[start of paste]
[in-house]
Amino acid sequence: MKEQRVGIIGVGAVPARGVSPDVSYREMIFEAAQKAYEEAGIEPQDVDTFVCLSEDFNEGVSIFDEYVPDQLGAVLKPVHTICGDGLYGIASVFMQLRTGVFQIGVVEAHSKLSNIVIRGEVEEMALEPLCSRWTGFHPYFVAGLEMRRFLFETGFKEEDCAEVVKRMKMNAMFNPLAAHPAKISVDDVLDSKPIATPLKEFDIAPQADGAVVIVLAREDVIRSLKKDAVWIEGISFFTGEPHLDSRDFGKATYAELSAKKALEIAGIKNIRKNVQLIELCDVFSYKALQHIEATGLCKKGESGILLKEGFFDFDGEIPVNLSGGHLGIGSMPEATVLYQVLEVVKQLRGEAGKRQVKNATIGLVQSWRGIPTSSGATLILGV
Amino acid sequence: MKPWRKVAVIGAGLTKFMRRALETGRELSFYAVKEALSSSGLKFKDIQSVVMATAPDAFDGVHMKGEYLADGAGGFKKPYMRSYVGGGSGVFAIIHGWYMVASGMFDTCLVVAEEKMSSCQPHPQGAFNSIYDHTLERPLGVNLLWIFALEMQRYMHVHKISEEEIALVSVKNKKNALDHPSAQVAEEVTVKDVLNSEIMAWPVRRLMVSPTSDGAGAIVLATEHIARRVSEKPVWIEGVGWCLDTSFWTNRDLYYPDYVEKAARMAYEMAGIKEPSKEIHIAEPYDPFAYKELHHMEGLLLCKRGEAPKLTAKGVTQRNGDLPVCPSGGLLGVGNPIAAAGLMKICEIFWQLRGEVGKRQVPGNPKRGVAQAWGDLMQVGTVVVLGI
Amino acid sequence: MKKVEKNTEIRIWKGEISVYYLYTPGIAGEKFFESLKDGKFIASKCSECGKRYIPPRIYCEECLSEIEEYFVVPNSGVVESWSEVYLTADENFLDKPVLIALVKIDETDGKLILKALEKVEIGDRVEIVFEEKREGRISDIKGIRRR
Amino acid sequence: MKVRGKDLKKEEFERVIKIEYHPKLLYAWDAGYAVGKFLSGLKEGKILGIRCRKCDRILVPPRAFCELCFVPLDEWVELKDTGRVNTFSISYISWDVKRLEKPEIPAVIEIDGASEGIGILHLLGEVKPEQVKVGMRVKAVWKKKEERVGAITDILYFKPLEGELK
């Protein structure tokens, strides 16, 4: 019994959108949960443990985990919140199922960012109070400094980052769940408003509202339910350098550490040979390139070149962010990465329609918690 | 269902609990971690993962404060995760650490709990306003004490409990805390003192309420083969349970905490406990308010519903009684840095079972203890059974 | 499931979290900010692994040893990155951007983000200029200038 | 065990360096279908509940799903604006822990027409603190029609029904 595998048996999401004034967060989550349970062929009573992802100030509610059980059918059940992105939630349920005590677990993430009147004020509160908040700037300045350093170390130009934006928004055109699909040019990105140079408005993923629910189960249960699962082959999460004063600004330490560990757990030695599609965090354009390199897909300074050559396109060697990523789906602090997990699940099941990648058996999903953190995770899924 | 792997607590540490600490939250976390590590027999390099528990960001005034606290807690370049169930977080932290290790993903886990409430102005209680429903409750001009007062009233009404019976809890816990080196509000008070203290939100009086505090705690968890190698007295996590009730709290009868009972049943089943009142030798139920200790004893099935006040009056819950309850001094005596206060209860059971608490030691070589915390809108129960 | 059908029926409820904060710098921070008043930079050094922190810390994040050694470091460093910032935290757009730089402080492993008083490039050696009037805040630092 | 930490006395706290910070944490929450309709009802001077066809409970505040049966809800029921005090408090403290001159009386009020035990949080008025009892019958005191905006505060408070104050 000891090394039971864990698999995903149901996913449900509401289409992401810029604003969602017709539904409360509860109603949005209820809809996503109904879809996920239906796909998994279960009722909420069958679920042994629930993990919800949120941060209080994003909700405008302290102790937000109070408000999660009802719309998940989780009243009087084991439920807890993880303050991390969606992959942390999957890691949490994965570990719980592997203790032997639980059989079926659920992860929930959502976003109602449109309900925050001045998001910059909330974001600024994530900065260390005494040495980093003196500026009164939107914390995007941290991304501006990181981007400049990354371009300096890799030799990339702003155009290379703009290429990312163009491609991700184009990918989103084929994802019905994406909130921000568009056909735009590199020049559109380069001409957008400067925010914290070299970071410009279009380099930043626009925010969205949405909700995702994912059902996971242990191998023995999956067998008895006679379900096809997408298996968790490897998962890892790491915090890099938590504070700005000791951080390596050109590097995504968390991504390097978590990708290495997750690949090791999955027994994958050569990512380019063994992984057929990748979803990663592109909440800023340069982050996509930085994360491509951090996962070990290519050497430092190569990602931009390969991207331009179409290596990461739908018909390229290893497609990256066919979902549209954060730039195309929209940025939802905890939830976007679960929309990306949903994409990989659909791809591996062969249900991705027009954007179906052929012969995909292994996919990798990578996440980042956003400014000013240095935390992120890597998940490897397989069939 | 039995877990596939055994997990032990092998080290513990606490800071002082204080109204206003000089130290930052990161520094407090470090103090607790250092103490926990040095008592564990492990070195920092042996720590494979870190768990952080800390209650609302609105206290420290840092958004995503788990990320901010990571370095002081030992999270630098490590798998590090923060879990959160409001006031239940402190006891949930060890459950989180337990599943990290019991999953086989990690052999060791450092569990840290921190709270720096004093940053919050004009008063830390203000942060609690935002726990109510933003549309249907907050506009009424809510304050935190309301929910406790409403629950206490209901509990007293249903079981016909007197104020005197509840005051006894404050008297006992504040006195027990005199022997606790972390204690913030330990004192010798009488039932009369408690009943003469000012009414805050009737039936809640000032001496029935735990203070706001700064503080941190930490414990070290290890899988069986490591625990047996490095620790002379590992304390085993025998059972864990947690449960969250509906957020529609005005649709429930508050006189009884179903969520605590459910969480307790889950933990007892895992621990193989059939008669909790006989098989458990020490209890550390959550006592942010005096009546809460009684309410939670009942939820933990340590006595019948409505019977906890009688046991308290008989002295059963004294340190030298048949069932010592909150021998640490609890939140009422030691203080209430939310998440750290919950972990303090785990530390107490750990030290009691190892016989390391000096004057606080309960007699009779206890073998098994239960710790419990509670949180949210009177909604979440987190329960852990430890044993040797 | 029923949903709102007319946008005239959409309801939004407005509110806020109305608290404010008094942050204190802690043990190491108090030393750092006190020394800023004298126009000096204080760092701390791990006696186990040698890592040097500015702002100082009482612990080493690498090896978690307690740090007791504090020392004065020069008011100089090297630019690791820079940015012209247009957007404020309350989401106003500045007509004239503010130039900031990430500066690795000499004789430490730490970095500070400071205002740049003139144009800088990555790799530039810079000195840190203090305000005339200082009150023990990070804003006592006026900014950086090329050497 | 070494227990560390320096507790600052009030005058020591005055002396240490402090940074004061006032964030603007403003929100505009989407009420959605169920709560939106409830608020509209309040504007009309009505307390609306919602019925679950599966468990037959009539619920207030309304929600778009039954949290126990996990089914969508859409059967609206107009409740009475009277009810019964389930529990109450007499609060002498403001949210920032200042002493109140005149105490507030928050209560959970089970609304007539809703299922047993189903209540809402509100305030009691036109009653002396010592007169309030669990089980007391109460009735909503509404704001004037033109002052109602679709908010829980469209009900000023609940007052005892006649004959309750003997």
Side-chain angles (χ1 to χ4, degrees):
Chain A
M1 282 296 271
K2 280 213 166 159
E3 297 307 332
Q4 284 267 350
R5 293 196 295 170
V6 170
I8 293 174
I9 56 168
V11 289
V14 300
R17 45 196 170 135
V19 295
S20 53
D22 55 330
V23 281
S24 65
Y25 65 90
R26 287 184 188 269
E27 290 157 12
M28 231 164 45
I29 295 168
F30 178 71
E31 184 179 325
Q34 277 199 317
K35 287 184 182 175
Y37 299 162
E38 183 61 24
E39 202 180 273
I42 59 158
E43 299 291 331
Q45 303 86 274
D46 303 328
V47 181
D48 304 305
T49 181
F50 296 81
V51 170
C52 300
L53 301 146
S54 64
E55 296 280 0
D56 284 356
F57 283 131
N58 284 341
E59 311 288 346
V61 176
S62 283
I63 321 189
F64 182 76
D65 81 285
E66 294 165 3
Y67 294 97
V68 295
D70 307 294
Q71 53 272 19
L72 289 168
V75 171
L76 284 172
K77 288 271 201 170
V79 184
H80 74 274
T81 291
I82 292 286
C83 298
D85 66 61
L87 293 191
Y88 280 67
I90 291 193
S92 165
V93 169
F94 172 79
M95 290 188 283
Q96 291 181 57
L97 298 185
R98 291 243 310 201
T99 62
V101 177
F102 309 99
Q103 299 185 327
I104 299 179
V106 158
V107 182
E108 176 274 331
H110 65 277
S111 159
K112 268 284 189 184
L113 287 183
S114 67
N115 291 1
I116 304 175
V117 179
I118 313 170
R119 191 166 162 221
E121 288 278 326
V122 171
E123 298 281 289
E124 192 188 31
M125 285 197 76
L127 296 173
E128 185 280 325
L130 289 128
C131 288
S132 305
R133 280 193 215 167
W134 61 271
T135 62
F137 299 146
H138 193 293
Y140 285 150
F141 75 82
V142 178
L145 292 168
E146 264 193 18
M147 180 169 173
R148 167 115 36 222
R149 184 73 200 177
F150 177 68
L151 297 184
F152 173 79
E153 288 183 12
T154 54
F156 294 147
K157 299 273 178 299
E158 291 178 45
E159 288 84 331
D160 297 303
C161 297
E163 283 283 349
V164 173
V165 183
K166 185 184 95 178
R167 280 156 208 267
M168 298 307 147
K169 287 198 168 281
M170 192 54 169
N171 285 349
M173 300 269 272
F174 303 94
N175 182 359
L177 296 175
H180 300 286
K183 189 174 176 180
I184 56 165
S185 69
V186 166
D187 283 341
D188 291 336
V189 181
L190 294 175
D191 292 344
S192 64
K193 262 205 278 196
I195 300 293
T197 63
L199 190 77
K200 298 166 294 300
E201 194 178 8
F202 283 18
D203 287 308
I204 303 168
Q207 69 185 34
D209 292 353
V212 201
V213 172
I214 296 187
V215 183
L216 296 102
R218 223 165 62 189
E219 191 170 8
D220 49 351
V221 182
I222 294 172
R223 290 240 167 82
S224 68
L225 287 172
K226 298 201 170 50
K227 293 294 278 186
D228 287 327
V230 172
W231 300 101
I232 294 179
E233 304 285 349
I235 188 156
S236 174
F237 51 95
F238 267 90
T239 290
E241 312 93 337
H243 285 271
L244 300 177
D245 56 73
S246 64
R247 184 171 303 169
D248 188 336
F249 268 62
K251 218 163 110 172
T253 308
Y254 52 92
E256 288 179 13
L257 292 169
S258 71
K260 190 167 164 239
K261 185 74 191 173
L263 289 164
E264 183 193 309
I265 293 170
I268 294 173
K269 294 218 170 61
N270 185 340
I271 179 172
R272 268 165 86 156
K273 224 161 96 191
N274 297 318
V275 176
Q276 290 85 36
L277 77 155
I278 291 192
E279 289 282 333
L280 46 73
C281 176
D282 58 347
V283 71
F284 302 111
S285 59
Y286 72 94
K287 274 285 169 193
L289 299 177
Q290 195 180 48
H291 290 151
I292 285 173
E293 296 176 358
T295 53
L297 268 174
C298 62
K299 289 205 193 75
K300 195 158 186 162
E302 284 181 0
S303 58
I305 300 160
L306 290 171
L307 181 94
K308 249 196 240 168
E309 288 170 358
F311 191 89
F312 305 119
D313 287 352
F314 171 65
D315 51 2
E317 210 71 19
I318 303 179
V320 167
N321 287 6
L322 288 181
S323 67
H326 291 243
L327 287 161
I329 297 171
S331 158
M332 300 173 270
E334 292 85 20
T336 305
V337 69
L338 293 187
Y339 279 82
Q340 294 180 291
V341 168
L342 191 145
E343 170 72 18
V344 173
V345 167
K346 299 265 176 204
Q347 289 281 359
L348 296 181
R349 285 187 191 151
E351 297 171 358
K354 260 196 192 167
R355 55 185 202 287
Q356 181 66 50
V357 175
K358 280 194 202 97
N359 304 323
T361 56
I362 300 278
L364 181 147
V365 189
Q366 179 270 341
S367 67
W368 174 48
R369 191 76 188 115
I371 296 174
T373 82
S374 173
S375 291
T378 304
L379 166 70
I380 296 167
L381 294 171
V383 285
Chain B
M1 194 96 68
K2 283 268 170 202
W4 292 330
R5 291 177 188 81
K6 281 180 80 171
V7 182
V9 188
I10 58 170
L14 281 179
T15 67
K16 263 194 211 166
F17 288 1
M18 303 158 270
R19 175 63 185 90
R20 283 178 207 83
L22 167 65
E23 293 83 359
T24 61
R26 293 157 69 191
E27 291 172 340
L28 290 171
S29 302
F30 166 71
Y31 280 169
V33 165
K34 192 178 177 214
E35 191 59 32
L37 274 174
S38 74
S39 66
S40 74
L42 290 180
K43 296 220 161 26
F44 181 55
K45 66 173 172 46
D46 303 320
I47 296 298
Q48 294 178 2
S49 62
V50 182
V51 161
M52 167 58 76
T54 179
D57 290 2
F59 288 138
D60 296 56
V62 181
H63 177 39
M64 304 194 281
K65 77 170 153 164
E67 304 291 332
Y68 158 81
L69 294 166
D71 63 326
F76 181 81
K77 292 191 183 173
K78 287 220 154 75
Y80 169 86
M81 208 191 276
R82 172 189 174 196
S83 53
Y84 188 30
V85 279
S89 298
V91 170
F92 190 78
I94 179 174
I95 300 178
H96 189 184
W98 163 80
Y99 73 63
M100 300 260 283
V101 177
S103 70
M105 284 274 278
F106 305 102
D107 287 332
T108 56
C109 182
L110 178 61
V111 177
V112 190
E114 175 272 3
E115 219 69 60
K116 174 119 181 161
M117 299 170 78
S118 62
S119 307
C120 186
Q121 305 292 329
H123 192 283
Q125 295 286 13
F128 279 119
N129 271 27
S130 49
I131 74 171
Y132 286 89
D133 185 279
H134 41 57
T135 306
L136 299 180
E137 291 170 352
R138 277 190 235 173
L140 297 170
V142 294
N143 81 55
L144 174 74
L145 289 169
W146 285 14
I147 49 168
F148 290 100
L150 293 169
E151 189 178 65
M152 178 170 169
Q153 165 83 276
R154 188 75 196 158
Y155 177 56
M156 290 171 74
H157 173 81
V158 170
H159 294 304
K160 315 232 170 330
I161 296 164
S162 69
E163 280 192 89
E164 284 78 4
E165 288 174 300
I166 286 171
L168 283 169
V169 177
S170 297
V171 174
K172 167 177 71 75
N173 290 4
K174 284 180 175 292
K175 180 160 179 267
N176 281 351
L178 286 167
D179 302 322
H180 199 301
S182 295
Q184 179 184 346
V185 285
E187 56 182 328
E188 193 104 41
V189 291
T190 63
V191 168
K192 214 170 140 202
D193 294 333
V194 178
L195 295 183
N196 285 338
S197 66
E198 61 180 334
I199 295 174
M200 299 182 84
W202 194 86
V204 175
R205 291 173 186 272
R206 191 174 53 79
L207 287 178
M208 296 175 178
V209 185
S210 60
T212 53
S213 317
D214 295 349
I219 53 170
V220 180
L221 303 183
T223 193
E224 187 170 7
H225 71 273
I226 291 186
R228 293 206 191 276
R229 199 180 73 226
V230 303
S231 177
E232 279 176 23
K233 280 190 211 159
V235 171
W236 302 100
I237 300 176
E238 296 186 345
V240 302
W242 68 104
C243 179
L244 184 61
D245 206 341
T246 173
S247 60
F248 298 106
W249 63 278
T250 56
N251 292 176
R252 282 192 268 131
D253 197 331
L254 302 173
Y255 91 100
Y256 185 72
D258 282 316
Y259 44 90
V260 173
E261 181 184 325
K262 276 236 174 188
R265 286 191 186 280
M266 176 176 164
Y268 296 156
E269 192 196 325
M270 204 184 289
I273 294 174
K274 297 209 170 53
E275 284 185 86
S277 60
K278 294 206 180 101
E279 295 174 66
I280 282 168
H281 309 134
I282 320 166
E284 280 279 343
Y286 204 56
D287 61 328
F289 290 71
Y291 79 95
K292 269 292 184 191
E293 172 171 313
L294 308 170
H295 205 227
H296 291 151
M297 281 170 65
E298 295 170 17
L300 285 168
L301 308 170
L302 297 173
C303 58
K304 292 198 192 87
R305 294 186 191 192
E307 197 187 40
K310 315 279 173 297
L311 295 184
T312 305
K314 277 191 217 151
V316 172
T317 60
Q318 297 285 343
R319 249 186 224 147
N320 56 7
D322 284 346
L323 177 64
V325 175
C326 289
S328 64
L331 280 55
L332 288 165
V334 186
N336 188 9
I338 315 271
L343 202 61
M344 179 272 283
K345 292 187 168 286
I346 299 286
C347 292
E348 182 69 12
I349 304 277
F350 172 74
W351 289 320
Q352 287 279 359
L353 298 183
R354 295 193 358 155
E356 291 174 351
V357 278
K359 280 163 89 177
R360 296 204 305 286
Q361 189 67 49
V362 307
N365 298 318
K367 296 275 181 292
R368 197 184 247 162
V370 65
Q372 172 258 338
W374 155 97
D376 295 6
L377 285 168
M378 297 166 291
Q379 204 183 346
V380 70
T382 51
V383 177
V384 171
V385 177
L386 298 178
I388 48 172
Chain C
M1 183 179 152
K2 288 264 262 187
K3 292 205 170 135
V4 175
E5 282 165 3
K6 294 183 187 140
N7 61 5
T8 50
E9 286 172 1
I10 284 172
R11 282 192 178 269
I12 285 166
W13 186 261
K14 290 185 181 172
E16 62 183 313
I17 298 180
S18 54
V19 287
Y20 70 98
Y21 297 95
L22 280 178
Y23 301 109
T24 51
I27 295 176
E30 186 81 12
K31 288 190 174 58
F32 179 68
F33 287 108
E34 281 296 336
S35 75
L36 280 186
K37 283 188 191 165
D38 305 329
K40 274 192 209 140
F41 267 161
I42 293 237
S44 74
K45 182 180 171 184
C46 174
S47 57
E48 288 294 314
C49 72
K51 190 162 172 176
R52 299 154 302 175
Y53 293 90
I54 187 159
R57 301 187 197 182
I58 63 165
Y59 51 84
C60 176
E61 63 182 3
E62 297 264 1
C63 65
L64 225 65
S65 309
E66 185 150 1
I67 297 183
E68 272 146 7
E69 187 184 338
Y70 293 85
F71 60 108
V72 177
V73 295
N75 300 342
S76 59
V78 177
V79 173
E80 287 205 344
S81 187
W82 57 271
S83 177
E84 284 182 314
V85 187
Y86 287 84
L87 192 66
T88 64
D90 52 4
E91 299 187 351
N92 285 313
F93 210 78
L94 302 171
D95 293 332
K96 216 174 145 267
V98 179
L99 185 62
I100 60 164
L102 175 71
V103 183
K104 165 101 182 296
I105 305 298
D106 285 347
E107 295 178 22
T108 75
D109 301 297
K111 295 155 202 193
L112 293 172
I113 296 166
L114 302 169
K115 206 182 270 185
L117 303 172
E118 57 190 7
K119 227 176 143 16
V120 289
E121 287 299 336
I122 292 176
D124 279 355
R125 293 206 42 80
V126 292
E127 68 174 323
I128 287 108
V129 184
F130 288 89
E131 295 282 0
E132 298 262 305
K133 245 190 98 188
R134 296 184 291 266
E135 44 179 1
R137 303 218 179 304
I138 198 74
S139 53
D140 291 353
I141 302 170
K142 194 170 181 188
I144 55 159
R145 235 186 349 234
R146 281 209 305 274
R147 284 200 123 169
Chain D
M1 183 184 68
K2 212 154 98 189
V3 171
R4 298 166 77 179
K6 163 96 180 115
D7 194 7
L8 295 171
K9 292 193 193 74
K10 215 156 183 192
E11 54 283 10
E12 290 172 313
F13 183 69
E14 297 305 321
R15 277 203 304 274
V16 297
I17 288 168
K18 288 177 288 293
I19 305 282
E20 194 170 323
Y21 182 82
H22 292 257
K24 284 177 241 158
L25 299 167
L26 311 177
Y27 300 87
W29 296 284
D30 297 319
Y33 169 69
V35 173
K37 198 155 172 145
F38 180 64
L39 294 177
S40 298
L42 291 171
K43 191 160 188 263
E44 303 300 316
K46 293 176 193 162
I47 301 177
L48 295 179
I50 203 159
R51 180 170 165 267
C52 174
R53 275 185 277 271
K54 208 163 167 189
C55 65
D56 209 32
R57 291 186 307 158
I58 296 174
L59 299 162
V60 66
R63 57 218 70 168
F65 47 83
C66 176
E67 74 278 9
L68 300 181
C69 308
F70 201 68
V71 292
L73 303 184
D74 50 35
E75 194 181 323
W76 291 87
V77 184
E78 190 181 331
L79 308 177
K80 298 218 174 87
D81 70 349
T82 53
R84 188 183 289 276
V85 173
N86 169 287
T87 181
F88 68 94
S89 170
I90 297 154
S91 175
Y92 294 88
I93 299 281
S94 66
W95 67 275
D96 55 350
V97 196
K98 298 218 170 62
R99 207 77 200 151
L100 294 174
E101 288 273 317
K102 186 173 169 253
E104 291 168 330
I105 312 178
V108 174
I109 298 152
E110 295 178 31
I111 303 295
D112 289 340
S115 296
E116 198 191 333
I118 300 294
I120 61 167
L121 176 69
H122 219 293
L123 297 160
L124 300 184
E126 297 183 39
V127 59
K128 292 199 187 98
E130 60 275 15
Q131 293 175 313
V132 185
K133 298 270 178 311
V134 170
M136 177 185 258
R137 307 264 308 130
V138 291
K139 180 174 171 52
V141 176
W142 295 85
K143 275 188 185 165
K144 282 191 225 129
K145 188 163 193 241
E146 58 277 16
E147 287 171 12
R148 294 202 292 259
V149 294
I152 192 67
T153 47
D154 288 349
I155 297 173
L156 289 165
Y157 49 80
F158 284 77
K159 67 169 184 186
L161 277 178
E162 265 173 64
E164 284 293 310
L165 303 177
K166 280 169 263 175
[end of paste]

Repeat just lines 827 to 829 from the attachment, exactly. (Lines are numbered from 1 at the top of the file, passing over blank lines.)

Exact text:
I120 61 167
L121 176 69
H122 219 293